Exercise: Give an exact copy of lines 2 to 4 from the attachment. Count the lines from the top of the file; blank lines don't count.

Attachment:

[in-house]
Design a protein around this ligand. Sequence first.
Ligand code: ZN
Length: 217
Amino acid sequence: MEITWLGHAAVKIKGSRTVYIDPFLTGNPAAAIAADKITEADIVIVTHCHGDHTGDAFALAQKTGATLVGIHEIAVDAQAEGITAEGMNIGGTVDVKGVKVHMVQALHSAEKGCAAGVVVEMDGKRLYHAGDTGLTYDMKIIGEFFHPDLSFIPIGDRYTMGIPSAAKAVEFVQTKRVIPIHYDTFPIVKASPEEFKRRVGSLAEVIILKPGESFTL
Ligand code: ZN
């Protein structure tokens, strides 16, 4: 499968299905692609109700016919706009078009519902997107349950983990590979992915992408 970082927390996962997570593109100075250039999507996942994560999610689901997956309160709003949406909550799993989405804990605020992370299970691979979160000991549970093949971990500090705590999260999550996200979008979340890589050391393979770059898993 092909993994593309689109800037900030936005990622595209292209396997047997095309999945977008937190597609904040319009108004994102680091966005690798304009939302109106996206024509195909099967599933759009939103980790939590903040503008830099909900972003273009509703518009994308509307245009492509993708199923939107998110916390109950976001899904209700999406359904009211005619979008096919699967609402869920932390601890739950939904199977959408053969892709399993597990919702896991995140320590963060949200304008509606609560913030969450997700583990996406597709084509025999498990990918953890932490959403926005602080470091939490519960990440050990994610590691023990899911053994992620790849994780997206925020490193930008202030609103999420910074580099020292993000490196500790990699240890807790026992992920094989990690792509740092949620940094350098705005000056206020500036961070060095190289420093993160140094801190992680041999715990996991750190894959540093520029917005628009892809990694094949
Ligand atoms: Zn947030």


Design a protein around this ligand. Sequence first.
Ligand code: ZN
Length: 217